|Bhaichand Patel writes the High Spirits column in Brunch, the Sunday magazine of The Hindustan Times newspaper.
“I have been always partial to Beaujolais for the simple reason that the wine saw me through my lean years. When I was in college and later as a struggling barrister, I learnt to trust Beaujolais. It was always inexpensive and you didn’t have to be a wine expert to choose a bottle. As long as you bought a bottle that was young you couldn’t really go wrong with Beaujolais. It may not have the pedigree to be a classic wine but that’s fine with me.
The makers of Beaujolais like to joke that Beaujolais is the only “white wine” in the world that happens to be red. They have a point. You always serve Beaujolais chilled, unlike other reds. Wine experts’ basic wisdom is that red wines go with red meat and white wines go with fish and white meats. Beaujolais is an exception. It is better with chicken and sea food, not so good with the red meats.
Last November I had a stroke of luck. I picked up eight bottles of Beaujolais Nouveau at an international bazaar in Delhi. They were probably leftovers from a “Le Beaujolais est arrivé!” party at the French embassy a few days earlier. The bottles were a bargain at Rs 500 each. Why eight bottles? That’s all I could carry from the bazaar site to my car parked at some distance.”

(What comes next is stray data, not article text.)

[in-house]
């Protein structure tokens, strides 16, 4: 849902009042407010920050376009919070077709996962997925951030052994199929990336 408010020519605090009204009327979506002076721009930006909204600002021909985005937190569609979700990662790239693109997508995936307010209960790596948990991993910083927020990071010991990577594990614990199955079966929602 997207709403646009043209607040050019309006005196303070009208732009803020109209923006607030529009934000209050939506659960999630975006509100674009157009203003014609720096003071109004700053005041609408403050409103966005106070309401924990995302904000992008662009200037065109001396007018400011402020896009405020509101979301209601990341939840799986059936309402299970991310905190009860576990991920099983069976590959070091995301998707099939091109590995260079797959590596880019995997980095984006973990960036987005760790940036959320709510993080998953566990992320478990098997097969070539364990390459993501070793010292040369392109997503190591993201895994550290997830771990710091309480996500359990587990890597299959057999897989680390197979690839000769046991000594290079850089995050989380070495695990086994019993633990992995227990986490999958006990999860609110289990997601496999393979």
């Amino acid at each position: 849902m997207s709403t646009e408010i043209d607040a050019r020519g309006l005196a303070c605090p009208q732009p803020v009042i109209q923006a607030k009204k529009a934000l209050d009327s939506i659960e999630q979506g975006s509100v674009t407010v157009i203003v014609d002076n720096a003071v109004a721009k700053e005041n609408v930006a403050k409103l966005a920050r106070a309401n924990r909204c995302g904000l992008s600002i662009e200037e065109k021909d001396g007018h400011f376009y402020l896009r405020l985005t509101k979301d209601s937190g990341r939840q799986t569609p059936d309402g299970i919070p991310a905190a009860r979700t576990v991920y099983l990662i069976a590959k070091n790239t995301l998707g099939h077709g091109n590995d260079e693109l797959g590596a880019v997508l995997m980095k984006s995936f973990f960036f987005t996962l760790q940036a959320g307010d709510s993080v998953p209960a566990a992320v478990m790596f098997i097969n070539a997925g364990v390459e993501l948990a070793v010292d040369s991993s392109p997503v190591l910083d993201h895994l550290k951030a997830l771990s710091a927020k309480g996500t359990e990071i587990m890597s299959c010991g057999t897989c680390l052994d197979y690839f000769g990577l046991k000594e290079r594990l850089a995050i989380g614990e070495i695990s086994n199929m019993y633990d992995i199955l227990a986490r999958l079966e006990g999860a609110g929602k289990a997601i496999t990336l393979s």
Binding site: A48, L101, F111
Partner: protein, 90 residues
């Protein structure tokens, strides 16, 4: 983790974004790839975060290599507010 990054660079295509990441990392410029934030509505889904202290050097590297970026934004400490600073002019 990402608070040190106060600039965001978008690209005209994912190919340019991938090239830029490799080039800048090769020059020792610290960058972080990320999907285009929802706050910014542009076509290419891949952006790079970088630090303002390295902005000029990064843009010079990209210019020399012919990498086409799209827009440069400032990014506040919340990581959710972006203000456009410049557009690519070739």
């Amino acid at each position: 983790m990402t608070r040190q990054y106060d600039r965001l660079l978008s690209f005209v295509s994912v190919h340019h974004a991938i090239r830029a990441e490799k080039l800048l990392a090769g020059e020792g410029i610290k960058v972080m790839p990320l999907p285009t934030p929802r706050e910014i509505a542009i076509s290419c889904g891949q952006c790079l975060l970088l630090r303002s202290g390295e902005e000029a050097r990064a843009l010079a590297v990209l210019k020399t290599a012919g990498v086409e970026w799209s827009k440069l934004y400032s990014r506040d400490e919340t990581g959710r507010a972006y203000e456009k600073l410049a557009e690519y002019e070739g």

Know your wines
No matter when the harvest begins, on the third Thursday of November the world is treated to the release of the Beaujolais Nouveau wines. Le Beaujolais Nouveau est arrive!
The picturesque region of Beaujolais is just north of France’s third largest city, Lyon. Beaujolais Nouveau is made exclusively from the Gamay Noir grapes grown in Beaujolais and Beaujolais-Villages but not in the 10 crus or great growths of Beaujolais.
Beaujolais Nouveau owes its easy drinkability to a winemaking process called carbonic maceration or whole berry fermentation. This technique preserves the fresh, fruity quality of the wine, without extracting bitter tannins from the grape skins.
Beaujolais Nouveau is meant to be drunk young. In average vintages it should be consumed by the following May after its release. However, in excellent vintages the wine can live much longer and can be enjoyed until the next harvest.
Serve Beaujolais Nouveau slightly cool, at about 55• F. The wine is more refreshing and its forward fruit more apparent than if you serve it at room temperature. This quintessential food wine goes equally well with haute cuisine or regular, everyday fare.